A Council ordinance to implement this provision would have to pass with a 2/3 vote (10 or more votes in favor). The Council would have to be advised in writing of the cost of the proposed payments.
Any fiscal impact resulting from approval of this Charter Amendment would depend upon the implementing ordinances.
Arguments In Favor:
1. The City would be able to fill vacancies with experienced people who have already been trained.
2. The emphasis would be on rehiring officers from the ranks instead of desk-bound managers.
No official arguments in opposition were submitted.
The amendment would make three changes to the Fire and Police Pension System.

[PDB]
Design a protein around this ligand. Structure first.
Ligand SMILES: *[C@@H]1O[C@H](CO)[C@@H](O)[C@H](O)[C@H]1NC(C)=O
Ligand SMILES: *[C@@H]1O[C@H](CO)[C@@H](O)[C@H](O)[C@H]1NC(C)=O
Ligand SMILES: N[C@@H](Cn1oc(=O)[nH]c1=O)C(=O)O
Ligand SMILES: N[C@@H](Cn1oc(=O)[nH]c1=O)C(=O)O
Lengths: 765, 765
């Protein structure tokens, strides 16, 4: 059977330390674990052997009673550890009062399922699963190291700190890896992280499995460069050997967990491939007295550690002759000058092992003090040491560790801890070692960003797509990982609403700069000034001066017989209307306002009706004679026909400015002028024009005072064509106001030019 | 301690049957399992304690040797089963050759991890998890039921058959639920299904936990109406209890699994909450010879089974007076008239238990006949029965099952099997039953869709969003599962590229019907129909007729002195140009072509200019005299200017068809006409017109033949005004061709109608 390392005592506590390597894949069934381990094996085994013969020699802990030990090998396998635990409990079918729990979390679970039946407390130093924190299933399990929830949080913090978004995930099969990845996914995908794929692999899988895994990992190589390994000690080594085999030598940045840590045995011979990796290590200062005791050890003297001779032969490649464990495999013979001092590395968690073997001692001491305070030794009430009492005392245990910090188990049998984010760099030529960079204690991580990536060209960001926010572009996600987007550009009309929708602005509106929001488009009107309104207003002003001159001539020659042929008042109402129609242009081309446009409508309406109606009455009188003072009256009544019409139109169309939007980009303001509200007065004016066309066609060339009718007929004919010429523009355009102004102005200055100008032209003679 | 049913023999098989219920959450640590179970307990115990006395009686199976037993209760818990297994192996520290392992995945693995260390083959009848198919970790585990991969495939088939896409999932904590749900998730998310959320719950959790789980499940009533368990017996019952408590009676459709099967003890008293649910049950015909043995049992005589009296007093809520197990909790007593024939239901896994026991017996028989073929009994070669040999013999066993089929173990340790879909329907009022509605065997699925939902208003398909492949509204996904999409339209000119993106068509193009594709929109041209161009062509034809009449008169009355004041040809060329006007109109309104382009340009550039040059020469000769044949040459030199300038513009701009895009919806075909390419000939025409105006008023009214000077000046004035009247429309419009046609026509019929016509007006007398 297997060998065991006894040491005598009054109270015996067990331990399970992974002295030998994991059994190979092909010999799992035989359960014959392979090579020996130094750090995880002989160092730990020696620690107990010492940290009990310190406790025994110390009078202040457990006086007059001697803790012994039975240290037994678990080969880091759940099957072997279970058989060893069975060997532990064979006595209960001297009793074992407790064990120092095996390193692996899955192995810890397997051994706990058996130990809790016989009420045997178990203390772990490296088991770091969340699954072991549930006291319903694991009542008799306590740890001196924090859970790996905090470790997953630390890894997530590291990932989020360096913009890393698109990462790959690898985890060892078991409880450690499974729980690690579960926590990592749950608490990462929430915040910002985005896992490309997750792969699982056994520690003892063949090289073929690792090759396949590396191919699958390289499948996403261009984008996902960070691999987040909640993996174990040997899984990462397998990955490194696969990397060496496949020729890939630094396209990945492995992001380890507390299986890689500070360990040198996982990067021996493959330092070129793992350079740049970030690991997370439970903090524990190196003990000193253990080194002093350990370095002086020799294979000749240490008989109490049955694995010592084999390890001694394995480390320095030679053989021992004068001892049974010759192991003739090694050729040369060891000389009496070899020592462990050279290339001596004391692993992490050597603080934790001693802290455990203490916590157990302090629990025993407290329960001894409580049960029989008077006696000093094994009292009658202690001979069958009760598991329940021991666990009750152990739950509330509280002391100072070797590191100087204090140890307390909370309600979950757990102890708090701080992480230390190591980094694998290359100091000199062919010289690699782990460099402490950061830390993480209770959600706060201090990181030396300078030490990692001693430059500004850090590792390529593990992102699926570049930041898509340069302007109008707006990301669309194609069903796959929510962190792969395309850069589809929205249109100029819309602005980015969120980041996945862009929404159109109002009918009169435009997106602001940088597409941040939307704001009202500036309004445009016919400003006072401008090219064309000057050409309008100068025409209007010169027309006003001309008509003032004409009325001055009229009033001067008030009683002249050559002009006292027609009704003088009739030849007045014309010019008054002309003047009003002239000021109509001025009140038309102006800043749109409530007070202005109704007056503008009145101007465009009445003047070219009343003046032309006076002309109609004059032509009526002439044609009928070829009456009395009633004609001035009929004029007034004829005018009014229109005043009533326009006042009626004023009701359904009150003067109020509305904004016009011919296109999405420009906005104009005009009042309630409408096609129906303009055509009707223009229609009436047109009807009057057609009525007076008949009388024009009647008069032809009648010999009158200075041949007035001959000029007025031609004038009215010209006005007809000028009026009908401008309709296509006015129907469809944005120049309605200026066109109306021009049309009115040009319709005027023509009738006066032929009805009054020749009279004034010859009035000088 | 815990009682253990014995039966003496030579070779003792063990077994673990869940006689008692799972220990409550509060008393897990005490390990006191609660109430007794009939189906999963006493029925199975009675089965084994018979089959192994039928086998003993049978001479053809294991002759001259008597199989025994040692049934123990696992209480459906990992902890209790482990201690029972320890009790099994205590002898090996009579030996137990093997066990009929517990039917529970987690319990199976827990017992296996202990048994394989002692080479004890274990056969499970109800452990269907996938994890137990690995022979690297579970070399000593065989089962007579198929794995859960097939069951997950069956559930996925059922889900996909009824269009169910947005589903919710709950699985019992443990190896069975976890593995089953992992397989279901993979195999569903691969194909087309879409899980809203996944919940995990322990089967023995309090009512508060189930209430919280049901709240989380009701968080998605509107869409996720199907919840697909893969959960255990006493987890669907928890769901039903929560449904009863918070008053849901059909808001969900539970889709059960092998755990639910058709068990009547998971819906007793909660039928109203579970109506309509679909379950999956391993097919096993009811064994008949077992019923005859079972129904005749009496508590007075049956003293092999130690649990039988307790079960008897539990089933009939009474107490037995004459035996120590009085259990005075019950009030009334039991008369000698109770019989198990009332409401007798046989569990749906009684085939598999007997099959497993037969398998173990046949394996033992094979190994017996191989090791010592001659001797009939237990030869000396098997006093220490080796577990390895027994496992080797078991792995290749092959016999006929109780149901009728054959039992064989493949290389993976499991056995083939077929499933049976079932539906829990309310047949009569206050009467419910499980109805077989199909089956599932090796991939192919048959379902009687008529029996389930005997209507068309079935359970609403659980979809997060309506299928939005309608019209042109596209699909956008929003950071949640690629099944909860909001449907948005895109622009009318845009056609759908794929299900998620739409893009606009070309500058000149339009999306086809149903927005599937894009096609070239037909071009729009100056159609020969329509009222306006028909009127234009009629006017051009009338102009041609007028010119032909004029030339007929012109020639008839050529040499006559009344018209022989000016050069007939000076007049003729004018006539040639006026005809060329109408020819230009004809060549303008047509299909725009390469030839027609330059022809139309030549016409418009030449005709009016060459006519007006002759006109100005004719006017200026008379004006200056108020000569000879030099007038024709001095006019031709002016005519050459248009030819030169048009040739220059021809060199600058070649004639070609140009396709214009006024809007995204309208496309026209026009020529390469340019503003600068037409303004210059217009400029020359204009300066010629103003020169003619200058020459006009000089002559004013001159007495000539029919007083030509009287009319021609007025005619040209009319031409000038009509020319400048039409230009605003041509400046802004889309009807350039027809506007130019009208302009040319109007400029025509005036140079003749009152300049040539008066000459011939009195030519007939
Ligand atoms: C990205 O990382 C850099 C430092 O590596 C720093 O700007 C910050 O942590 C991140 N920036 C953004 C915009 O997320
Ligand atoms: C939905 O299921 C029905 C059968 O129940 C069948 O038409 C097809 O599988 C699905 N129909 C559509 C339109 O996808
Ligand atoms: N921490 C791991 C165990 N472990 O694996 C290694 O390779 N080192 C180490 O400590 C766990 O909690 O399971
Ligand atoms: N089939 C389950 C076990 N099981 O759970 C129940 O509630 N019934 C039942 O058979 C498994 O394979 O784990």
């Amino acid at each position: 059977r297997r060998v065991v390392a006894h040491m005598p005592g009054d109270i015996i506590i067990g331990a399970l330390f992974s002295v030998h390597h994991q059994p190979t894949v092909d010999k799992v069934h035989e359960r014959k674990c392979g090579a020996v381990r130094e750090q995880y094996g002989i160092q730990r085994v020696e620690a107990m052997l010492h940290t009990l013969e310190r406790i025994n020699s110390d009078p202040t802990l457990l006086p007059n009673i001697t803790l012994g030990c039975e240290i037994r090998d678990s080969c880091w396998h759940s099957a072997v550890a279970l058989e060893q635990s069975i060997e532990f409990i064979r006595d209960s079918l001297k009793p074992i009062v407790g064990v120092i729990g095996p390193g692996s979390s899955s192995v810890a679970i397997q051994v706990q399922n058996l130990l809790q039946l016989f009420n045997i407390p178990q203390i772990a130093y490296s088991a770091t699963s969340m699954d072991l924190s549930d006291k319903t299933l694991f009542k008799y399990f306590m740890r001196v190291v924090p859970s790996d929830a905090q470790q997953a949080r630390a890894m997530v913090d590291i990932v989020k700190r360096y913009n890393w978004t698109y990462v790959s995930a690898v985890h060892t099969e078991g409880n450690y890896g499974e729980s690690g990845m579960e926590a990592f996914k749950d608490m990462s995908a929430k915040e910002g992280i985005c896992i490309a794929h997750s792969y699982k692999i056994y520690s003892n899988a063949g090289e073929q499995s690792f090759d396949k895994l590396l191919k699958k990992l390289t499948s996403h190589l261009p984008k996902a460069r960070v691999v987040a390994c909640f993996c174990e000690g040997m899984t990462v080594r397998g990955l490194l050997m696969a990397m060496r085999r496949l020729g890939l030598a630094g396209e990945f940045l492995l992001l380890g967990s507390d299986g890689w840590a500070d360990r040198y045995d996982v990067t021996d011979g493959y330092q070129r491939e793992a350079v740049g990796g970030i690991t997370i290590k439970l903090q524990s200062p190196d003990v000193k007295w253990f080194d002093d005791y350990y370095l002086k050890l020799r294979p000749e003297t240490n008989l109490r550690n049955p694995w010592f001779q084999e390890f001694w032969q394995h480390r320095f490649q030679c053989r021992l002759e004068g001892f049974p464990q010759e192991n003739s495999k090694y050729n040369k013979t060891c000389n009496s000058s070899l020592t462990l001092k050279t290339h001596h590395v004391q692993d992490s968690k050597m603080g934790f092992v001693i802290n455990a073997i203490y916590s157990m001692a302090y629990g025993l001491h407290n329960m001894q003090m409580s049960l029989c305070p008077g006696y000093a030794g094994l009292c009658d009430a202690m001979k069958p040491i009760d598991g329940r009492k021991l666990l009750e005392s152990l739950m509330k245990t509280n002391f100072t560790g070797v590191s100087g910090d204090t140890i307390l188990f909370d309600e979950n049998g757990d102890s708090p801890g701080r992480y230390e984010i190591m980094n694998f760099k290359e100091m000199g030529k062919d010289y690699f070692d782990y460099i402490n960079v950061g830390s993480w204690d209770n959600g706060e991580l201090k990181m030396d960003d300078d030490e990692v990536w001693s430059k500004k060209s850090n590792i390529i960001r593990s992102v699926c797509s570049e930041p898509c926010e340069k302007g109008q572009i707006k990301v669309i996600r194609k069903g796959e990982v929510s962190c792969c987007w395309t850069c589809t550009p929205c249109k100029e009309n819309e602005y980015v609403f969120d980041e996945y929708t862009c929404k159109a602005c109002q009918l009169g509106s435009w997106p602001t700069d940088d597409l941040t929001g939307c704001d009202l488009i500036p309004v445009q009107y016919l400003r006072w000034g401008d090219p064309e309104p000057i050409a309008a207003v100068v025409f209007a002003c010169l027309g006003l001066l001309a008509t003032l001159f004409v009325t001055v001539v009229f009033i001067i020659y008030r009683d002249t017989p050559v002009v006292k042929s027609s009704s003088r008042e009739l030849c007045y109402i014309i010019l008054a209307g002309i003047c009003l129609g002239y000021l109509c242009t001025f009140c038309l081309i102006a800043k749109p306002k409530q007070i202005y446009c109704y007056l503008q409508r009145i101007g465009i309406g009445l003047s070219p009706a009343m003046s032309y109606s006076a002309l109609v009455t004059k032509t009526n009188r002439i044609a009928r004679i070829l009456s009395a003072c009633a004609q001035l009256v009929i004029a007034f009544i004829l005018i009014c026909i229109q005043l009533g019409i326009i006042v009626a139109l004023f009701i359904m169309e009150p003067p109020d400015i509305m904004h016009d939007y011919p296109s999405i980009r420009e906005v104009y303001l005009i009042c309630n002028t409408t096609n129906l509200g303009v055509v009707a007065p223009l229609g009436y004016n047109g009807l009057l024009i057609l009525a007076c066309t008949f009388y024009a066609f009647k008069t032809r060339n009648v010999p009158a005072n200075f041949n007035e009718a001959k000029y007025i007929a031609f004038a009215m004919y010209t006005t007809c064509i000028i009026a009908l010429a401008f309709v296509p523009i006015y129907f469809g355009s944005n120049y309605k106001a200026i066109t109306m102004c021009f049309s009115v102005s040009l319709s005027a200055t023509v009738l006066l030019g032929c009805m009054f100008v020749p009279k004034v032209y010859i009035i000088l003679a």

First, this measure would allow the City Council to let retired police officers and firefighters return to active duty with the approval of the Police Chief or Fire Chief. This is currently not allowed by the Fire and Police Pension System for employees hired after December 8, 1980. It is currently allowed for employees who were hired before that date but have retired, It would provide the opportunity to bring employees back with specialized expertise and to fill staffing needs until new employees are hired. To qualify, officers must be below the rank of Lieutenant and firefighters must be below the rank of Captain. They must also be under 55 years of age and retired for less than three years. Any employee who chooses to return to duty would stop receiving his or her pension and earn a regular salary, When the employee retires again, their pension would start again.